In the market for a new bike? Here's what you need to know

Know what kind of riding you like to do and how much you're willing to spend before you try to find a bike that fits you.
Published October 28 2014
Updated October 30 2014

If you haven't bought a bicycle lately, you're in for two surprises: one, sticker shock, and two, you'll need to work hard not to get a good bike.

I bought my first new bike in 1976 for $165. Double that today and you can buy very nice handlebars. Bottom line is that new entry-level road bikes cost about $600 to $1,000. But they are good bikes.

My brother Paul, new to cycling, bought two bikes — an entry-level one to ride while visiting here and one that cost three times as much for his home in Colorado. He was afraid that after riding his Colorado bike that when he returned to his Florida bike he'd be disappointed, but no. "The cheaper bike still seemed like a nice ride to me," he said.

So how to decide on a new bike?

First, what kind of riding do you want to do? Commuting might require a hybrid with beefier tires and a more upright position. Beach cruising, time trials and mountain biking each demand different bikes. But let's assume that you want to get fit, lose a little weight and get the endorphins flowing. Road bikes are what you mostly see on the street.

First, decide your budget, says Val Tavanese, owner of Outspokin Bicycles in Tampa and St. Petersburg. "Most people have a budget, even if they say they don't," she says. "That budget must include a helmet, clipless pedals and cycling shoes."

Mark Yeager, owner of St. Pete Bicycle and Fitness, says if you can afford it, buy a bike with the latest components, meaning an 11-speed one, referring to the number of cogs in the rear wheel gear. "If you decide to upgrade later," he says, "you can get a better return if you have the latest components, or you can upgrade other parts of the bike incrementally." Both he and Tavanese say that under most circumstances, they will take your old bike as a trade-in.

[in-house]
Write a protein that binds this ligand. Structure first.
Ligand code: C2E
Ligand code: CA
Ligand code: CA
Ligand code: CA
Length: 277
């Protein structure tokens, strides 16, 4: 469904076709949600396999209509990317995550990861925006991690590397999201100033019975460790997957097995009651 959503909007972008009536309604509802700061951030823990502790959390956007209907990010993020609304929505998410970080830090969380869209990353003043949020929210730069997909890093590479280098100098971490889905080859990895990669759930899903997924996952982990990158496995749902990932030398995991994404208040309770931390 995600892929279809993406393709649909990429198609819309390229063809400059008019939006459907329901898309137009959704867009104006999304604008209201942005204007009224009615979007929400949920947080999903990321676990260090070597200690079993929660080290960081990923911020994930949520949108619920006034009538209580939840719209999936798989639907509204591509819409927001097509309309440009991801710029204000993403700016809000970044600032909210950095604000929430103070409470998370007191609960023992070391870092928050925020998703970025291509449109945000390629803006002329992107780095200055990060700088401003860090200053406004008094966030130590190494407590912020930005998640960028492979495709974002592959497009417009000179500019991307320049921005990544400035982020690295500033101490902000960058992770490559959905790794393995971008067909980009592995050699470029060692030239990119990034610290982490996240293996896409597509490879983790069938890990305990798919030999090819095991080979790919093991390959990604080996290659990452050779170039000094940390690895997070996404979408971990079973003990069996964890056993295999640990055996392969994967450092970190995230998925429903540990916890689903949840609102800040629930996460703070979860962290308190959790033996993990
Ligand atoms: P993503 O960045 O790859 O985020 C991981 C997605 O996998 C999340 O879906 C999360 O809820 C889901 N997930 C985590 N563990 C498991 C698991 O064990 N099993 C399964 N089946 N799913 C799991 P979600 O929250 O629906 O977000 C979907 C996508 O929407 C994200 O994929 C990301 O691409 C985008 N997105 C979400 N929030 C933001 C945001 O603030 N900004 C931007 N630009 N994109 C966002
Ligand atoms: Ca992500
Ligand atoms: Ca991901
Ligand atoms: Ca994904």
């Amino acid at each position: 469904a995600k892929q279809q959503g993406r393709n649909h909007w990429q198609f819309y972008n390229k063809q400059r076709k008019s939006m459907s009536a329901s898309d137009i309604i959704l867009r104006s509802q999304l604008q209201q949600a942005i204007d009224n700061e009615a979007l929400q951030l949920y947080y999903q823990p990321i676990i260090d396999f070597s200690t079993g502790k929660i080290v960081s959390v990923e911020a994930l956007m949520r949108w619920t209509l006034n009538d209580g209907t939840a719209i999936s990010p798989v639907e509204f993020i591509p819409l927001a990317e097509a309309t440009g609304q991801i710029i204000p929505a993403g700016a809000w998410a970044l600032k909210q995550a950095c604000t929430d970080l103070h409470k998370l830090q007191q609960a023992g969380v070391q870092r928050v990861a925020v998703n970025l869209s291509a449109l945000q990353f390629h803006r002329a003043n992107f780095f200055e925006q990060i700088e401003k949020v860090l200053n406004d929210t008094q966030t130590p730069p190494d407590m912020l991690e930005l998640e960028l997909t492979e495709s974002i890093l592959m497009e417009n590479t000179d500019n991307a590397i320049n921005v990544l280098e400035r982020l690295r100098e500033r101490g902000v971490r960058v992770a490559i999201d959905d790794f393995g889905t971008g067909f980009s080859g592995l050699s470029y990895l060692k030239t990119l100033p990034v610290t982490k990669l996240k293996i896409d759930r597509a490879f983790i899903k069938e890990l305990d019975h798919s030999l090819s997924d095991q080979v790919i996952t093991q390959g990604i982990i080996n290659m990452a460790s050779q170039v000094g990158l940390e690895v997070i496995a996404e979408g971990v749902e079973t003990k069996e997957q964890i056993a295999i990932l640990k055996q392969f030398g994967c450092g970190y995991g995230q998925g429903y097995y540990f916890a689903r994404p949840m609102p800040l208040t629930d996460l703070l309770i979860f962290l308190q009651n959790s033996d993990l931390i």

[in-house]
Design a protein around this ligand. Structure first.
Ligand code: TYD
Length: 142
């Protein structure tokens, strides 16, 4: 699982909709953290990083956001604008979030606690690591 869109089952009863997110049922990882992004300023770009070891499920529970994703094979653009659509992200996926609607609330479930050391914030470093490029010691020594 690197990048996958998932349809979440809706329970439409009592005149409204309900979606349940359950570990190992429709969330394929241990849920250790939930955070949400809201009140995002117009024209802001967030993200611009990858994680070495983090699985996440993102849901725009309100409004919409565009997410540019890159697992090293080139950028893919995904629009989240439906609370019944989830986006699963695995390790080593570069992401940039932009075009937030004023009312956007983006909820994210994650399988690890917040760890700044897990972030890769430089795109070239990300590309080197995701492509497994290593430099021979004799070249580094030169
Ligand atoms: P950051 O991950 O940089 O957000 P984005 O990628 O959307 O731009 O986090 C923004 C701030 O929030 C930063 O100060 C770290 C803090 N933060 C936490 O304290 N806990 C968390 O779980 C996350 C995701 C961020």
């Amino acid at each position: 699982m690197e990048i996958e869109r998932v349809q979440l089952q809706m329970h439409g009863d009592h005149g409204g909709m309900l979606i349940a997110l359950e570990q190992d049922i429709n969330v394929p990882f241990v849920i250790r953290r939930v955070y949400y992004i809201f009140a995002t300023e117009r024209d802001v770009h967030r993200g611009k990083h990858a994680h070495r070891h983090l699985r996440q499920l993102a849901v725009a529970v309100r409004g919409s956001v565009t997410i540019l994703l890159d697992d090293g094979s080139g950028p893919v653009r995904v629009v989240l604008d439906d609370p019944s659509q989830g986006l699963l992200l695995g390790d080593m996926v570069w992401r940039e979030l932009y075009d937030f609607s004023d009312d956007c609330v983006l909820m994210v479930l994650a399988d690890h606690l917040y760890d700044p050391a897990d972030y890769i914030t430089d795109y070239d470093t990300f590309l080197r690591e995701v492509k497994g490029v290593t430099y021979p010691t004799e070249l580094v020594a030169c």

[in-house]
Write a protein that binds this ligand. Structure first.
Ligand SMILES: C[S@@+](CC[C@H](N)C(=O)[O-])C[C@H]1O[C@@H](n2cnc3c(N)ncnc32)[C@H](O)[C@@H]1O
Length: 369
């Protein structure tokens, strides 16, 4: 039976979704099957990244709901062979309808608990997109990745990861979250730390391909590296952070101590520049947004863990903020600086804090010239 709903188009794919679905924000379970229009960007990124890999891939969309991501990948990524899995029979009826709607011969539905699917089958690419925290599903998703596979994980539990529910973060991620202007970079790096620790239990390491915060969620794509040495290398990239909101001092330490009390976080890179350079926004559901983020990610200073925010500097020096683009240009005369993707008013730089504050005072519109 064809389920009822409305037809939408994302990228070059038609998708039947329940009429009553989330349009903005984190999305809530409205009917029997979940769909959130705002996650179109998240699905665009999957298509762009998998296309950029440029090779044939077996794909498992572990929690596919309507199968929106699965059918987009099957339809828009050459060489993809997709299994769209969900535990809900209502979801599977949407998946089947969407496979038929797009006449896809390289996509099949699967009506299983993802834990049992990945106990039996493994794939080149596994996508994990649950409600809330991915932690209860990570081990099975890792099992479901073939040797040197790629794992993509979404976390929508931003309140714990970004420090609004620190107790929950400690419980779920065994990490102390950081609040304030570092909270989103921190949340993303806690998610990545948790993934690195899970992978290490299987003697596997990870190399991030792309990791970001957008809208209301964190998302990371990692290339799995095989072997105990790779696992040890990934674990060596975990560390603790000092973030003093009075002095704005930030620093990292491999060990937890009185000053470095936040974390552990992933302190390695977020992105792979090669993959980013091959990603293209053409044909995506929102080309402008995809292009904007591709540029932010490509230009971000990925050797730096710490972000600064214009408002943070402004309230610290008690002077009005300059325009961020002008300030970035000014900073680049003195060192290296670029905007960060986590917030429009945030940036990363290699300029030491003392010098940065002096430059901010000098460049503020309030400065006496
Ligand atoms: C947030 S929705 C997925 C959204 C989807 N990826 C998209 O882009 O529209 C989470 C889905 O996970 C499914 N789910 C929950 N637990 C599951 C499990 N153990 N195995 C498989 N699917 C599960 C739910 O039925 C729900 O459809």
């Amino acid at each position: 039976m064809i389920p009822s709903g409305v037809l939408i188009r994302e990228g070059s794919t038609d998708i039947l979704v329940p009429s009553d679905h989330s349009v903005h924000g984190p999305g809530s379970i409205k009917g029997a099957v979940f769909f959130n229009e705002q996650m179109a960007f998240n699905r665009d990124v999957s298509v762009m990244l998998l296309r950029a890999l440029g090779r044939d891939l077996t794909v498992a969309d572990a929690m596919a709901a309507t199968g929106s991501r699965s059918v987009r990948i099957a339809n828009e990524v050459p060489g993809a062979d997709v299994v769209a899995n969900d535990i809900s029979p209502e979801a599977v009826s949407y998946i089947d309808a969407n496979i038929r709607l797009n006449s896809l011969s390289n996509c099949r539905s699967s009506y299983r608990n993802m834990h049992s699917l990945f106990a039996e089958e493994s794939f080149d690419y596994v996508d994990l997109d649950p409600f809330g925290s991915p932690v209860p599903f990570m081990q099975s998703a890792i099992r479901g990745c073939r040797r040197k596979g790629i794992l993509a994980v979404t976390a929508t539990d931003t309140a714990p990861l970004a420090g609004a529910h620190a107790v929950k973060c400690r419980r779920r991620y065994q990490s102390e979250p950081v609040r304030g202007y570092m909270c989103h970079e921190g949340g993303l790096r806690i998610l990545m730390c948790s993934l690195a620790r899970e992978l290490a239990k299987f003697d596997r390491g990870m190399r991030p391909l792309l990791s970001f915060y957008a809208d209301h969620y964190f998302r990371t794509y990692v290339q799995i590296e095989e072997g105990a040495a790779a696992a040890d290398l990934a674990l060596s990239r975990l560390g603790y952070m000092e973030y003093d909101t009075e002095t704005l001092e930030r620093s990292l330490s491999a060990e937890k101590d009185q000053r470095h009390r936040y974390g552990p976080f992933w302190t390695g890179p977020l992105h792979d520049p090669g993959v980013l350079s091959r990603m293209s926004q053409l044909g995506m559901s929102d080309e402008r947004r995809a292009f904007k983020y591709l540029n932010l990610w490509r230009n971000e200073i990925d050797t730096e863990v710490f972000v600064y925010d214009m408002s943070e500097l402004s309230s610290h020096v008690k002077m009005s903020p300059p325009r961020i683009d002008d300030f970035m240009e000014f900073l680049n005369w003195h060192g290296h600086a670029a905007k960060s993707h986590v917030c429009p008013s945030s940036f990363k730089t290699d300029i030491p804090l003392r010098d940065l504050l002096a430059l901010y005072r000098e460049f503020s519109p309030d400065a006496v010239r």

Both sellers say bike fit is most important, and that's not just a matter of measuring your pant inseam. If you're buying a higher-end bike, you can benefit from a computerized fit, but a reputable store will at least take the time to see how you sit on the bike, ask about the type of riding you want to do and then suggest different brands and models that would work best.

"The best thing you can do for new riders is get the fit right to ensure they're comfortable," says Yeager, who added that he will switch a bike for a customer if the fit doesn't seem right after a few rides.

And as Tavanese puts it, "We want a long-term relationship, so we want to help make sure they'll enjoy riding."

Today, road bikes are usually categorized as either racing or endurance geometries. Endurance bikes allow you to sit more upright. But that's not be the only reason to consider one. A lack of flexibility may make a traditional frame uncomfortable. Or you may be built funny — like me. I have long legs and short arms, uncommon for men. I need to look long and hard for a bike that fits me, and though I like fast group rides, I recently bought an endurance bike.

Once you have the right frame, you can tweak the fit by changing handlebars or the stem that holds them, or by adjusting your seat's fore and aft position or its height and tilt.

Bike manufacturers are becoming more sensitive to the needs of women, Tavanese says. Due to their build and center of gravity, she says 80 percent of women would benefit from a bike designed specifically for them.

Ride as many bikes as you can because if you haven't ridden in a while, you'll need time to understand the differences among them and learn what's important to you. Take your time. A good shop allows test rides — and not just around the parking lot. Insist on a good 30 minutes to take it on a road or trail and see how it — and you — feel. However, keep in mind that when you ride regularly, your needs and fit may change based on the type of riding you do.

Should you consider a used bike? Randy Grace of Zephyrhills has bought more than 100 used bikes over the years. He says that if an ad is too good to be true, it probably is. You can spot scams if you've bought as many bikes as he has, but it's risky business. Hairline frame cracks and counterfeit components could spell disaster if they fail. Use a payment method such as a credit card so you have recourse if you need it.

Plus, developing a relationship with your local bike shop can pay dividends down the road. A shop that stays in business does so because of good customer service. And they know that if you like riding, your first bike won't be your last.

Bob Griendling is vice president of the St. Petersburg Bicycle Club and a member of the Mayor's Bicycling and Pedestrian Advisory Committee. He blogs at bobgriendling.com. Contact him at bob@griendling.com.

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